This ballot from Kewaunee County in Wisconsin split the governor's race into two with some candidates at the bottom of the first column and the rest at the top of the second column, causing 11% of the voters to mark two candidates and invalidate their vote. (Credit: Better Ballots)
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Ballot image with two columns on the front of the ballot
One of the draft ballots with two columns on the front in Santa Cruz. None of the variations of words or layout worked: all had high overvote rates in usability testing. Another design to help voters see that the Senate race fills two columns used a dark header and dramatic arrows.
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Ballot image double wide column
In the 2012 Primary there were 24 candidates for Senate. They just fit in a single double-wide column for this bilingual ballot in Riverside County. The back of the ballot has more vertical space, so Santa Clara was able to fit all 34 candidates in a single column. They also used a double-wide column so they could fit two languages.
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Ballot with a message to turn the ballot over
As counties moved the Senate contest to the back so it could appear in a single column, the front of the ballot had only one contest, and a lot of blank space. This sample from Inyo put a message to turn the ballot over in the middle of the page. Voters without a party preference don't even have the Presidential contest on the front. Like many other counties, San Luis Obispo included a message to explain why.
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Four pages with instructions and the Senate contest.
Los Angeles's Inkavote system uses separate pages, creating even more of a challenge. Even with all the prompts on these pages, testing with several versions still produced many errors - as much as 66% in some cases. They are trying an introductory page with a visual to draw attention and eliminating the contest heading on the second page of candidates.
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Want to know more?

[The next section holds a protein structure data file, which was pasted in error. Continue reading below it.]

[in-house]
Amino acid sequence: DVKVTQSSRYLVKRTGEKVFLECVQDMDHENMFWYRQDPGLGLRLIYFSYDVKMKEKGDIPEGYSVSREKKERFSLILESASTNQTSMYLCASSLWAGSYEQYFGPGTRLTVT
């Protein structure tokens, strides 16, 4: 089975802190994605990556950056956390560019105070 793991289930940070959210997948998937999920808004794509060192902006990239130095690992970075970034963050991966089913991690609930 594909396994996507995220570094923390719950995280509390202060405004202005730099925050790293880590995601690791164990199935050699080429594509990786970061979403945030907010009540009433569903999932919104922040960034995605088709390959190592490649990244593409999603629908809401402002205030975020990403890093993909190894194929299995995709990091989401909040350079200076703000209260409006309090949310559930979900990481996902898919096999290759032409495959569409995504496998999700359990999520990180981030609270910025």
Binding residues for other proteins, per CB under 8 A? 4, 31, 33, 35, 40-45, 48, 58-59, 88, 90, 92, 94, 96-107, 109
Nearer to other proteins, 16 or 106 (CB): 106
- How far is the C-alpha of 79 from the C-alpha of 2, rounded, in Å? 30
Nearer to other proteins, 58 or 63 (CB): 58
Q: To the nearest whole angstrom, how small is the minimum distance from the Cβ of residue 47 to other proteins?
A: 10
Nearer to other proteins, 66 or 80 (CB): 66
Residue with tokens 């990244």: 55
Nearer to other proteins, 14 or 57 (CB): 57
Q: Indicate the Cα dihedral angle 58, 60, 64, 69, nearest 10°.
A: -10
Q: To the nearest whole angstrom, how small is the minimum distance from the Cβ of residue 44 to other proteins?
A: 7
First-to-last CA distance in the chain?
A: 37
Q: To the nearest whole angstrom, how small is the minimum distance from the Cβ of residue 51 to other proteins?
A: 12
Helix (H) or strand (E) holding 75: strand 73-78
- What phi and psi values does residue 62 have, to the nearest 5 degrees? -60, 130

Start with Field Guide Vol. 3 Testing ballots for usability.

Selecting primary election ballots in California has examples of how this process is explained to voters.

Better Ballots is an analysis of design errors that affected how voters marked their ballots.

Our California 2016 Primary voter guide collection has examples of the ballots from all 58 counties.

4 Comments

  1. April 7, 2016 by Rosemary Heath

    Is it permitted or even feasible to print instructions in another color, to catch the voter’s attention?

    1. April 19, 2016 by Whitney Quesenbery

      Rosemary – Most ballots are printed in black and white, but some election systems do allow for a highlight color that could be used to get attention, just as you suggest.

  2. April 13, 2016 by calwatch

    This isn’t a new situation as the 2003 Gray Davis recall had 135 candidates. The issue was the higher amount of media publicity for that election, combined with it being the only race with candidates on the ballot (there were a few yes no propositions as well). But it still was manageable.

    1. April 19, 2016 by Whitney Quesenbery

      We’ve been thinking about the 2003 recall election. It was, indeed, a special situation in many ways. The sheer number of candidates was so extreme that it got a lot of attention.

      We hope that there will be equally strong publicity for this situation. Everything we know about ballot design suggests that splitting a contest in to two columns or two pages produces overvotes in which a candidate is selected in each group.

      We applaud the election officials who have worked hard to either organize the ballot so that all of the candidates for Senate are in a single column, or to add instructions and other pointers to help voters mark just one choice and not throw away their vote with an error.